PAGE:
Arts & Culture
Jewcy Review: ‘The People vs. Fritz Bauer’
A tale of one man’s postwar effort to awaken the German consciousness to its recent crimes. Read More
The People vs. Fritz Bauer (awkwardly similar in title to The People V. O.J. Simpson, but commonalities end there), is a bit of a misnomer since Fritz Bauer is not the one on trial. The famed German attorney general later went on to orchestrate the Auschwitz trials in the 1960s, but this story takes place in 1957 when he receives word that Adolf Eichmann is hiding out in Argentina. His enthusiasm to catch Eichmann and put him in trial in Germany is not matched by those around him, particularly a number of high-ranking officials who have a vested stake in ensuring that the war criminal does not name names.
It seems that films about the way that non-Jewish Europeans acted during and after the Holocaust are almost as prominent as those set during the Holocaust. Sure, Schindler’s List and The Pianist are the ones that went on to win Oscars, but there’s something to be said for reflection and for showcasing the way that the mindset of the times is hard to overcome. The Polish film Aftermath, released in the United States in November 2013, told one such story, of two brothers targeted for dredging up their hometown’s vicious role in the murder of its Jewish population. The French film The Round-Up, starring Jewish actress Mélanie Laurent, spotlighted the eagerness with which the French authorities rid themselves of their unwanted Jews, with little prompting necessary from the conquering Nazi forces.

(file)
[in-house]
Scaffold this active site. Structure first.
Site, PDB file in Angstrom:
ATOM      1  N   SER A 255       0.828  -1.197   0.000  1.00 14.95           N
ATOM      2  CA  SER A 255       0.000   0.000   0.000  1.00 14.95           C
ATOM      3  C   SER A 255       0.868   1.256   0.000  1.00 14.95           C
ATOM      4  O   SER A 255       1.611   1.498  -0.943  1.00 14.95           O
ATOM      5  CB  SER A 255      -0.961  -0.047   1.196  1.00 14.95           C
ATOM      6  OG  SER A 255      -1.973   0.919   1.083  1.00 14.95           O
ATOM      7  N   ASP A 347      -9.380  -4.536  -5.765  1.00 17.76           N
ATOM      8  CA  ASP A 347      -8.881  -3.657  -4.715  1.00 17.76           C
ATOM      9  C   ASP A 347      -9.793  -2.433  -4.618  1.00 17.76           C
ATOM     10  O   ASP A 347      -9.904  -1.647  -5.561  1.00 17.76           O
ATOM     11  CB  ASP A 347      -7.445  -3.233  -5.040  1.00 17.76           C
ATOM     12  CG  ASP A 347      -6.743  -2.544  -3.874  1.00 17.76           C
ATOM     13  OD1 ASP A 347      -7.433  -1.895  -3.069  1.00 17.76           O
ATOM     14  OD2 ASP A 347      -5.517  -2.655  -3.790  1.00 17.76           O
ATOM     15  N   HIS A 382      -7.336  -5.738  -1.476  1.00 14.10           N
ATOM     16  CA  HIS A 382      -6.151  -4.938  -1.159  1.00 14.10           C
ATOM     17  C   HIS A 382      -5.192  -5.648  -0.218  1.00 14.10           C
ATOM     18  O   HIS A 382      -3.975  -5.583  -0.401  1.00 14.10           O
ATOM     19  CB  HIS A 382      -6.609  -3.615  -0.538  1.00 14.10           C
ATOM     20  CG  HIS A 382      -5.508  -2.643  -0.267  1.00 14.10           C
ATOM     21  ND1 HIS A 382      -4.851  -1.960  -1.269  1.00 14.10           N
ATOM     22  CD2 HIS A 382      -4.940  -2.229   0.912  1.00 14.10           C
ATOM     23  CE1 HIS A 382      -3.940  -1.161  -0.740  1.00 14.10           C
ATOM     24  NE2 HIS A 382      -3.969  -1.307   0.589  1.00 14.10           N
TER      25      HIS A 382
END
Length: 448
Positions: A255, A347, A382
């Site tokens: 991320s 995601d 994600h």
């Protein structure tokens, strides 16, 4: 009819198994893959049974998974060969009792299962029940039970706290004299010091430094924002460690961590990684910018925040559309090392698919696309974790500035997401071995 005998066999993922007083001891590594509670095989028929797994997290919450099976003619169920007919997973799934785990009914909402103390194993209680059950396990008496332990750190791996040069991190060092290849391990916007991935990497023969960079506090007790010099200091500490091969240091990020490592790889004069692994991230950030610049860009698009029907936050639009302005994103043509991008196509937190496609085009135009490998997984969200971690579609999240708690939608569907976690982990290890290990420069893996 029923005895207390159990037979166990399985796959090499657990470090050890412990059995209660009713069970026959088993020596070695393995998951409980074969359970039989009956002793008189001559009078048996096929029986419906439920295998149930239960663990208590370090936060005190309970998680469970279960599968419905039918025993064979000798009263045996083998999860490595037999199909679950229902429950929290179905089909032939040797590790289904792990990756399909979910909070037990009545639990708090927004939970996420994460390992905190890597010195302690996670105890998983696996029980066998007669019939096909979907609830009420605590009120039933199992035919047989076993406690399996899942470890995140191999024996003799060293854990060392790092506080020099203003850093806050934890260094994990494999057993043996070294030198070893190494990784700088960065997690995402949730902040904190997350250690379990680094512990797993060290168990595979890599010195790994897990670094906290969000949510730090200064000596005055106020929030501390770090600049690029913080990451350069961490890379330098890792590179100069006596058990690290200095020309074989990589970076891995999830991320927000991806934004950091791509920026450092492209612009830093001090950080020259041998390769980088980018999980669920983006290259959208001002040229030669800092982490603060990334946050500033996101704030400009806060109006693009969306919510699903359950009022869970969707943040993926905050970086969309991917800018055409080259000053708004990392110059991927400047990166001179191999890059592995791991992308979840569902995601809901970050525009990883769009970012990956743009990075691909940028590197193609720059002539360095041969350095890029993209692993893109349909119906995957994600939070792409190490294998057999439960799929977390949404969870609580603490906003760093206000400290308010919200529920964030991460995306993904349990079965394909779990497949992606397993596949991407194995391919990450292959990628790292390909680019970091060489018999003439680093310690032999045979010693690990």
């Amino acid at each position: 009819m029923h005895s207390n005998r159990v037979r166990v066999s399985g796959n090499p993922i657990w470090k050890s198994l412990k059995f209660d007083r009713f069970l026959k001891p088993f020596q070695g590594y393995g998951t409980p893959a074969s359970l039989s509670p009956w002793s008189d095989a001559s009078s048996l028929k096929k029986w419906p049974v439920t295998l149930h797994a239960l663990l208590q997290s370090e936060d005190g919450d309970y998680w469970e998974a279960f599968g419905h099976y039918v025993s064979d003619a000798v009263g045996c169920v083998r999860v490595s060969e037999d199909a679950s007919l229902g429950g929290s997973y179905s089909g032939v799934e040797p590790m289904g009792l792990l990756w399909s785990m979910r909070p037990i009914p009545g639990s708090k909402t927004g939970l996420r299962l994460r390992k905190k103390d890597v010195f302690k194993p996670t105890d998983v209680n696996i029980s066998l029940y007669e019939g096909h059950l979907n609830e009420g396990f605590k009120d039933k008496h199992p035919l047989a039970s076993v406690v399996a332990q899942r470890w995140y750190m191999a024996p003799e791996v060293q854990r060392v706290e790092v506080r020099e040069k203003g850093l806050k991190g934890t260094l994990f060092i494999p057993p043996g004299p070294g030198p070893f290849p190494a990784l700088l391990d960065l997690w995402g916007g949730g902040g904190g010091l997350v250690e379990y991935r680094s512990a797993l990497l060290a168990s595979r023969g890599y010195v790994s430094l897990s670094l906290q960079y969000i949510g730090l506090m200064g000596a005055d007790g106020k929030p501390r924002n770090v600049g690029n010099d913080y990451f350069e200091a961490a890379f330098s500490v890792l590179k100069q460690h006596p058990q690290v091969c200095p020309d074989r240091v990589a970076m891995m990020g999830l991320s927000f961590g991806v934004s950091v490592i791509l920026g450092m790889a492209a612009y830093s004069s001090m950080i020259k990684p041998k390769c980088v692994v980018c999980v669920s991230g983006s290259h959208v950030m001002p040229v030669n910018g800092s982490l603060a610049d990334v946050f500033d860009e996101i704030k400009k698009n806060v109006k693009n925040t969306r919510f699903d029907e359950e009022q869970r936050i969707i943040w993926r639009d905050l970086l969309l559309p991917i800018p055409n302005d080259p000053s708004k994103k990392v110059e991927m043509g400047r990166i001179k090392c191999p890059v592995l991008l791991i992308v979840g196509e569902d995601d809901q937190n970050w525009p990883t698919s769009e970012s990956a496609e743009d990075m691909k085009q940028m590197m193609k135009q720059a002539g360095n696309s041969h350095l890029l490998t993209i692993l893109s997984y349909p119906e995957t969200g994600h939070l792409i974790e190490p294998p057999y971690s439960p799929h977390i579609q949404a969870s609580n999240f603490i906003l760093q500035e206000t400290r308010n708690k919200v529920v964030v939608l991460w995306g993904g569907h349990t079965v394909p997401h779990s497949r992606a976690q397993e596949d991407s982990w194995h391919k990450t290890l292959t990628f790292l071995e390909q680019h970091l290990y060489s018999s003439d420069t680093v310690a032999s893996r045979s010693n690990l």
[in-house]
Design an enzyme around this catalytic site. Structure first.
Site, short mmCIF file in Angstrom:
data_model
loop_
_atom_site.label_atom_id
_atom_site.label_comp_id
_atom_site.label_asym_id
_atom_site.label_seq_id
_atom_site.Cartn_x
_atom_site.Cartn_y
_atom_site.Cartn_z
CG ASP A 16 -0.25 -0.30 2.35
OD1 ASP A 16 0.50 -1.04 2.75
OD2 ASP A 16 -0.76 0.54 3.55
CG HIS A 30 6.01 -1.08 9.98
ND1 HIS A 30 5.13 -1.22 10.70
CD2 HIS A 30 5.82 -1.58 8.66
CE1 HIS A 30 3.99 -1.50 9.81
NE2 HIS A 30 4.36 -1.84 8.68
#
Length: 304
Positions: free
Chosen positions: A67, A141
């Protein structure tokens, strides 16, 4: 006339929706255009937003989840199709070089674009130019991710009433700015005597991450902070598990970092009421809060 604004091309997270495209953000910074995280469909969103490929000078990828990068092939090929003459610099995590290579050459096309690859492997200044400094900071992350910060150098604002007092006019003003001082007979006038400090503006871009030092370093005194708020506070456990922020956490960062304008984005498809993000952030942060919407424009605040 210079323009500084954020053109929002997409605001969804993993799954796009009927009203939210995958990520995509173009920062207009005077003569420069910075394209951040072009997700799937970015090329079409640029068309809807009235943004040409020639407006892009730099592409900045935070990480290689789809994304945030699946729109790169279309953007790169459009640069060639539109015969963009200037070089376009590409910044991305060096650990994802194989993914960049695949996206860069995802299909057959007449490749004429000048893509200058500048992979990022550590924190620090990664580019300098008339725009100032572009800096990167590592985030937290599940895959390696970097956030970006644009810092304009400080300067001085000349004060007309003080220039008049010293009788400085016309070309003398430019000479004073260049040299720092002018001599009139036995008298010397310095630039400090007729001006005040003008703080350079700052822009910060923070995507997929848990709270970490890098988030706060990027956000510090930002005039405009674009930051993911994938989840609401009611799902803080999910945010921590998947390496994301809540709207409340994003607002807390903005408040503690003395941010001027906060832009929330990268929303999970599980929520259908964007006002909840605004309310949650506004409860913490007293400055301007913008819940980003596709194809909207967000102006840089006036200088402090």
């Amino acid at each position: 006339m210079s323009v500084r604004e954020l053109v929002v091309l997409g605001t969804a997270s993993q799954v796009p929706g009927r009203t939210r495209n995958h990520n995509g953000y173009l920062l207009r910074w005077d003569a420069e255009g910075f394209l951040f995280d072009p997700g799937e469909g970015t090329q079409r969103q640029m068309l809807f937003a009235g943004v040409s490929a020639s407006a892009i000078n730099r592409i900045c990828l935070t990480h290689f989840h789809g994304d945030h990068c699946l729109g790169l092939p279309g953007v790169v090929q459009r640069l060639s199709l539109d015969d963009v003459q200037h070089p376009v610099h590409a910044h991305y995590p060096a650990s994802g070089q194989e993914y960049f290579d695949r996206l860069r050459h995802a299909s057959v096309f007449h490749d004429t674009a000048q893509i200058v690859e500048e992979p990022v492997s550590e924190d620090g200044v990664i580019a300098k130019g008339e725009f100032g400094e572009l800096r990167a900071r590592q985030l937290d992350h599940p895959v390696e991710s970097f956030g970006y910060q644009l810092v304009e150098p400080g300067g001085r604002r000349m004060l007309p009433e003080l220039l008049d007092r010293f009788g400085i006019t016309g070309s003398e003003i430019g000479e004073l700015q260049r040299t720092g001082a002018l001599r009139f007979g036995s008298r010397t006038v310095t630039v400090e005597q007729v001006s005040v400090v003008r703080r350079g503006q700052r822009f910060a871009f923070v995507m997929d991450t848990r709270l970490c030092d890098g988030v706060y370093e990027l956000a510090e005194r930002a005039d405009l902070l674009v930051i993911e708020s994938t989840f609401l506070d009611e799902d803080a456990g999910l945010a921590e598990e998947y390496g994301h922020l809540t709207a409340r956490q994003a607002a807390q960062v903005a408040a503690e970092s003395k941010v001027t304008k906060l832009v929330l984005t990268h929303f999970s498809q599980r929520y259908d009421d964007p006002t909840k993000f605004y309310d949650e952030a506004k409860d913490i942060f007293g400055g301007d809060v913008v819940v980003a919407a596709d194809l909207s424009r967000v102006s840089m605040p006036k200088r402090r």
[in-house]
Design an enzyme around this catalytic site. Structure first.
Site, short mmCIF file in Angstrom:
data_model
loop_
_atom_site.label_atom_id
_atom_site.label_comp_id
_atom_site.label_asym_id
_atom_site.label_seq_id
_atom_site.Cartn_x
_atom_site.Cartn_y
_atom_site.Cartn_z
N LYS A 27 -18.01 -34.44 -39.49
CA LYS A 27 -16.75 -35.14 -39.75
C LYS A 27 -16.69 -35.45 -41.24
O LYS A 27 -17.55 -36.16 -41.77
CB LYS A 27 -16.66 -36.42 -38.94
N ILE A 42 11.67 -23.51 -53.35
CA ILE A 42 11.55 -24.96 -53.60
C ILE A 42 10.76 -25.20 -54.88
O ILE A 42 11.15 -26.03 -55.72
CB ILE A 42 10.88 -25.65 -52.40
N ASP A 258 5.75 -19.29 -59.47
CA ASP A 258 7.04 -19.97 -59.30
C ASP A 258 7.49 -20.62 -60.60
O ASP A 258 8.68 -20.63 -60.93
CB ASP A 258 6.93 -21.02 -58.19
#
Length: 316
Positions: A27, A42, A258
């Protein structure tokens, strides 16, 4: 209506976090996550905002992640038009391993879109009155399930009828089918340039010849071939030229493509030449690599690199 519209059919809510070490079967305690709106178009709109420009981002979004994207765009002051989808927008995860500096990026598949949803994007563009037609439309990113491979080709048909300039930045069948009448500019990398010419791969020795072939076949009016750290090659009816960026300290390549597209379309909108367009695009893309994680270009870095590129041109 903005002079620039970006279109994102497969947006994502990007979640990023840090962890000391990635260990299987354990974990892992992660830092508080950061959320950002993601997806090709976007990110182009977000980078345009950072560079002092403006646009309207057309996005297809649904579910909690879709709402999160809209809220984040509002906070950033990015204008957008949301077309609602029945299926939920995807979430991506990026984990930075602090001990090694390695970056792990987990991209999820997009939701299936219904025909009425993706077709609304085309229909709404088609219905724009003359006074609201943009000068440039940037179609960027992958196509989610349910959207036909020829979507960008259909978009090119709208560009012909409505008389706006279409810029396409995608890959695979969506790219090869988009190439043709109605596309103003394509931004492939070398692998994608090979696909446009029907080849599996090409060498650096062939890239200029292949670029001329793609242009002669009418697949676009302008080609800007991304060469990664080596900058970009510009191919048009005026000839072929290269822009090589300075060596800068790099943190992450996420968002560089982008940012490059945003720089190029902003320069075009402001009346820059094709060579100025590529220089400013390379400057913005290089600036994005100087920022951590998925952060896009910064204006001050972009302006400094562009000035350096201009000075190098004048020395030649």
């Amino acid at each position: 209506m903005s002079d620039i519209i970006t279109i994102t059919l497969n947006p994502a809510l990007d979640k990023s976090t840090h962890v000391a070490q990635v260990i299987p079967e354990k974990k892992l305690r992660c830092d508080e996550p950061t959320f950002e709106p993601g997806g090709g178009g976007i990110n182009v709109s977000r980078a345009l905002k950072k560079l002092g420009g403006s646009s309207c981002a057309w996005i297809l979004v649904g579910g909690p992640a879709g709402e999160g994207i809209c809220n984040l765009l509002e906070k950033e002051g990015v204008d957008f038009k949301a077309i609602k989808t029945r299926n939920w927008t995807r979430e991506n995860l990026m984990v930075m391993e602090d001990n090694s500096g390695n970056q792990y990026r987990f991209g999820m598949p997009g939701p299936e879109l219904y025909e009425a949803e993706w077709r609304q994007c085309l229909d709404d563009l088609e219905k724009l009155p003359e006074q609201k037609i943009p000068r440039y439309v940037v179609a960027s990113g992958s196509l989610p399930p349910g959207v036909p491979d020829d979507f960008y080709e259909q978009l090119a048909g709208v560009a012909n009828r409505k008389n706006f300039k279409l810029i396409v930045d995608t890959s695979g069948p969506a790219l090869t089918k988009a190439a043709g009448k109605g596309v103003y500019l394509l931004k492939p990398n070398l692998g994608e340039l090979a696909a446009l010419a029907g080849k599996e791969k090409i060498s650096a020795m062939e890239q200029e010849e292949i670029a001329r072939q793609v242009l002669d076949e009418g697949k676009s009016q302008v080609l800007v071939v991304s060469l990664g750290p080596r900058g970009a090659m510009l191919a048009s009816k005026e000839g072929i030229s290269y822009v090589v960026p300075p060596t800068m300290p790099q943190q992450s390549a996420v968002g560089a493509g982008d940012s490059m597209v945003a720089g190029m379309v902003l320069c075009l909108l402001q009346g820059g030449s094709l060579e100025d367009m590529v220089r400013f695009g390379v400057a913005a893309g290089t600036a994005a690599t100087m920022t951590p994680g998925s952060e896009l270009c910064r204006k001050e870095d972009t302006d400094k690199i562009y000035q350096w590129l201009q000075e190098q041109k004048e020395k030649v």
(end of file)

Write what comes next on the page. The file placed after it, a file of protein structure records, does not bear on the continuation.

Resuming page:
The anti-Semitism of The People vs. Fritz Bauer is not nearly as overt. Bauer, who was born in Germany and returned from Sweden after the Holocaust, was Jewish, and he is notably the only Jew in such a position of civil service when the film begins. He is adored by many and has friends, but he also knows that there are those within the government and judicial system with Nazi leanings who will stop at nothing to make sure that their complicity and guilt is not brought to light. Bauer enlists Karl Angermann (an idealistic young prosecutor, a fictional composite of those dedicated to Bauer’s cause,) as his ally, fully aware that he can trust no one else.
History knows that Eichmann was ultimately put on trial in Israel and hanged for his crimes. This film doesn’t offer too much suspense in its insular universe in terms of how events will play out, but it does paint a harrowing picture of the struggle for change in postwar Germany. Bauer knows that contacting Mossad for help in tracking down Eichmann may be considered treason, but worse still, Mossad is uninterested at first, telling him that they need more solid proof to go after this lead. Bauer wants Eichmann brought to justice, but in doing so he also wants to put Germany as a whole on trial, a goal that seems unachievable given the many obstacles in his way.
This portrait of the 1950s bears some resemblance to a recent Oscar-winning film, The Imitation Game. Though the plot primarily involves Europe and the Nazis, the true villain is the backwards nature of laws and society at the time. A conniving enemy of Bauer’s mentions early on that they have a dossier on the Jewish civil servant which includes multiple arrests for male prostitution. As if being Jewish wasn’t enough of a crime, charges of homosexuality could really destroy a man. The hope for contemporary audiences would be that widely-supported homophobia and anti-Semitism are both things of the past, though recent world events have shown that it’s hardly the case.
The People vs. Fritz Bauer won big at the German Film Awards, scoring trophies for Outstanding Feature Film as well as for director Lars Kraume, supporting actor Ronald Zehrfeld, who plays Angermann, and its screenplay. Don’t expect this film to take home any Oscars – it’s a decent drama but not in the same category as recent German Oscar nominees like The Lives of Others or The White Ribbon, both of which also addressed lingering suppression after World War II in Germany. This is an important story but doesn’t even feel like the most interesting part of its protagonist’s life, in which, at the Frankfurt Auschwitz trials, he later finally had the chance to put the nation of Germany of trial.
The People vs. Fritz Bauer opens in American theaters on August 19.
Image: Still from The People vs. Fritz Bauer